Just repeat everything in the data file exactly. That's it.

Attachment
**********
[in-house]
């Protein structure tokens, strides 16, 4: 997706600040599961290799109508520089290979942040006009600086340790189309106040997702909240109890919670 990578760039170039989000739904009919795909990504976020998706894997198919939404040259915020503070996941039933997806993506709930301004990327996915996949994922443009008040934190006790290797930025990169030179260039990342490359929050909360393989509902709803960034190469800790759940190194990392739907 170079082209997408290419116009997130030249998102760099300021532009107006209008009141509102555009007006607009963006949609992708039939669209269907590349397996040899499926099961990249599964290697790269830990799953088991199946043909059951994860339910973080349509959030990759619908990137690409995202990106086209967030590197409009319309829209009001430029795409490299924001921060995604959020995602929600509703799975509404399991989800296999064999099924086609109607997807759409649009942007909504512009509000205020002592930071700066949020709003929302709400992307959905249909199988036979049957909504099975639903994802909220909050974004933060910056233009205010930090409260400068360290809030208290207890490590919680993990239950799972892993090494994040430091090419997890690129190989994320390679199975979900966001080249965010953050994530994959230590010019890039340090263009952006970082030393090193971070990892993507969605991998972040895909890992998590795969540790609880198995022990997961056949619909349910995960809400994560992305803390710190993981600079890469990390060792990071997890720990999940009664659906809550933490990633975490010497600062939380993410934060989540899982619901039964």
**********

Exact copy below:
[in-house]
């Protein structure tokens, strides 16, 4: 997706600040599961290799109508520089290979942040006009600086340790189309106040997702909240109890919670 990578760039170039989000739904009919795909990504976020998706894997198919939404040259915020503070996941039933997806993506709930301004990327996915996949994922443009008040934190006790290797930025990169030179260039990342490359929050909360393989509902709803960034190469800790759940190194990392739907 170079082209997408290419116009997130030249998102760099300021532009107006209008009141509102555009007006607009963006949609992708039939669209269907590349397996040899499926099961990249599964290697790269830990799953088991199946043909059951994860339910973080349509959030990759619908990137690409995202990106086209967030590197409009319309829209009001430029795409490299924001921060995604959020995602929600509703799975509404399991989800296999064999099924086609109607997807759409649009942007909504512009509000205020002592930071700066949020709003929302709400992307959905249909199988036979049957909504099975639903994802909220909050974004933060910056233009205010930090409260400068360290809030208290207890490590919680993990239950799972892993090494994040430091090419997890690129190989994320390679199975979900966001080249965010953050994530994959230590010019890039340090263009952006970082030393090193971070990892993507969605991998972040895909890992998590795969540790609880198995022990997961056949619909349910995960809400994560992305803390710190993981600079890469990390060792990071997890720990999940009664659906809550933490990633975490010497600062939380993410934060989540899982619901039964």